3 PERFORMANCE ELEMENTS The Fire Safety Management Plan includes provisions for, but not limited to, the inspection, maintenance, repair, and implementation of interim safety measures as needed for the following life safety systems according to applicable NFPA codes: 1. Fire detection and fire alarm systems 2. Smoke and fire dampers 3. Smoke and fire doors 4. Automatic fire suppression systems 4.1. Kitchen Hood Systems 4.2. Halon Systems 4.3. Clean Agent Systems 4.4. Water Based Fire Sprinkler Systems 5. Fire pumps 6. Fire extinguishers 7. Standpipe systems 8. Sliding and rolling fire doors 9. Exit signs and other signage The Fire Response Plan Code Red also includes the Hospital-wide response to Fire or Smoke Code Red alert. All aspects of the Fire Safety Management Plan will be documented and all documentation will be kept on file. Standard EC The hospital manages fire risks. EC (1) The hospital minimizes the potential for harm from fire smoke, and other products of combustion. TJUH, Inc. will protect its patients, staff, students, visitors, and property by providing appropriate fire protection systems and equipment, employee training and Interim Life Safety Measures. The hospital buildings are equipped with fire detection and suppression systems that are inspected in accordance with the appropriate NFPA standards. The hospital, all buildings in which patients are seen or treated, and buildings under the ownership or control of Thomas Jefferson University Hospital Inc. will maintain compliance with the appropriate provisions of the Life Safety Code of NFPA. The Director of Facilities Operations at the Center City campus and the Director of Facilities Management at the Methodist campus are responsible to ensure and manage all structural elements of life safety within said buildings. EC (2) If patients are permitted to smoke, the hospital takes measures to minimize fire risk. TJUH, Inc. is a non-smoking facility and does not permit smoking within any building. Page 3 of 10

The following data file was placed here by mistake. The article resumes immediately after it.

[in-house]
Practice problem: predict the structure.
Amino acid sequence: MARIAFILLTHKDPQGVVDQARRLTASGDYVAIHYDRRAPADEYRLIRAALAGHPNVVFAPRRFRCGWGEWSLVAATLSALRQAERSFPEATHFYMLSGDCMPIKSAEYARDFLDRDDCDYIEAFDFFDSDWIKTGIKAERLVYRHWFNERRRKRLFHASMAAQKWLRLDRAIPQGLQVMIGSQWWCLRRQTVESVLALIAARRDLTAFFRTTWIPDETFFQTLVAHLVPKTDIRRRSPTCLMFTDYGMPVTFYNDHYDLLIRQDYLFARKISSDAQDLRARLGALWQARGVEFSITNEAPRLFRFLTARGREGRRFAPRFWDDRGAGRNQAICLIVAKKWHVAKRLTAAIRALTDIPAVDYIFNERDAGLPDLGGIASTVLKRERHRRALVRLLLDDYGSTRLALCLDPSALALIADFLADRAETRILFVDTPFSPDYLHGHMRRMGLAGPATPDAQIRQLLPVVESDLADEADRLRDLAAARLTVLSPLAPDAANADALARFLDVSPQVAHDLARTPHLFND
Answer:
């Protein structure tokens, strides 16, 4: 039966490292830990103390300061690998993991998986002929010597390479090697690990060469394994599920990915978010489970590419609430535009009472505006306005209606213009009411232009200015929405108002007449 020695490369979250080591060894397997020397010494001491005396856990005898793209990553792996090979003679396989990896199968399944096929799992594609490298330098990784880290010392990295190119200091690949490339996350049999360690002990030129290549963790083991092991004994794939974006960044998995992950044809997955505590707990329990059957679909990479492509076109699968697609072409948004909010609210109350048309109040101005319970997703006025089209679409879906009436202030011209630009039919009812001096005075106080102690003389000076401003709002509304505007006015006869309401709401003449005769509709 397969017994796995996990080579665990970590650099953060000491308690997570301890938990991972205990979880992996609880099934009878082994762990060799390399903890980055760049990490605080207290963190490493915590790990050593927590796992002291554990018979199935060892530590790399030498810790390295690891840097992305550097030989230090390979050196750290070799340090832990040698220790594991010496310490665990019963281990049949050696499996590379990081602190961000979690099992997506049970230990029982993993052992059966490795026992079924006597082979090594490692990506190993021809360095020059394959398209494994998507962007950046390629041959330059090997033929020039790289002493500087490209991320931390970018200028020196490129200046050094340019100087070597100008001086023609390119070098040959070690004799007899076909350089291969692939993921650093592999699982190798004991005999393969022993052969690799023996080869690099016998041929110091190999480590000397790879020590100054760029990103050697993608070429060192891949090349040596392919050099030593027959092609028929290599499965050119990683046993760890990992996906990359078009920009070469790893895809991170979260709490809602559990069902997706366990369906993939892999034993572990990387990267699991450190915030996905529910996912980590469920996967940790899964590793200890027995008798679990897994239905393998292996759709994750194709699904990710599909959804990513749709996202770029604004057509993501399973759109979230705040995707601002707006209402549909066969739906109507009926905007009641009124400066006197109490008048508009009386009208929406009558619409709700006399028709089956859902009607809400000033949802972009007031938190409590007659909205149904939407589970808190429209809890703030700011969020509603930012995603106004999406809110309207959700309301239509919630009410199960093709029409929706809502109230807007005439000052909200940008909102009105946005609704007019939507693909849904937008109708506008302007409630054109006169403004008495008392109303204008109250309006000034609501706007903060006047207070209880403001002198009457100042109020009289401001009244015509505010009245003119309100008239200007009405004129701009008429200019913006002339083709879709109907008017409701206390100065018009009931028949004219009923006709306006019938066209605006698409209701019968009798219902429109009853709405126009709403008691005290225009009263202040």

4 EC (4) The hospital maintains free and unobstructed access to all exits. TJUH, Inc. will maintain free and unobstructed access to all exits. The hospital will conduct safety rounds on a regular basis to ensure compliance. EC (9) The hospital has a written fire response plan. TJUH, Inc. maintains a written fire response plan. Emergency procedures will be coordinated between the hospital Fire Marshal and department leaders. For each area identified as High Risk, the Fire Marshal, in collaboration with department leaders, will develop department-specific emergency procedures according to the need of the services they provide. EC (10) The written fire response plan describes the specific roles of staff and licensed independent practitioners at and away from a fire's point of origin, including when and how to sound fire alarms, how to contain smoke and fire, how to use a fire extinguisher, and how to evacuate to areas of refuge. The organization s Fire Response Plan Code Red, describes the Roles & Responsibilities of staff and LIPs, including how to: Respond at and away from fire point of origin Activate and sound fire alarms Defend in place Contain smoke and fire Use a fire extinguisher Prepare for building evacuation Standard EC The hospital conducts fire drills. EC (1) The hospital conducts fire drills once per shift per quarter in each building defined as a health care occupancy by the Life Safety Code. The hospital conducts quarterly fire drills in each building defined as an ambulatory health care occupancy by the Life Safety Code. Fire drills are conducted quarterly on all shifts in healthcare occupancies. All drills are documented and documentation is maintained on file. EC (2) The hospital conducts fire drills every 12 months from the date of the last drill in all freestanding buildings classified as business occupancies and in which patients are seen or treated. Fire drills in freestanding buildings classified as business occupancies will be conducted every 12 months. All drills are documented and maintained on file. EC (3) When quarterly fire drills are required, at least 50% of the drills are unannounced. Fire drills are conducted on each shift quarterly and at least 50% are unannounced. Documentation is maintained on file. Page 4 of 10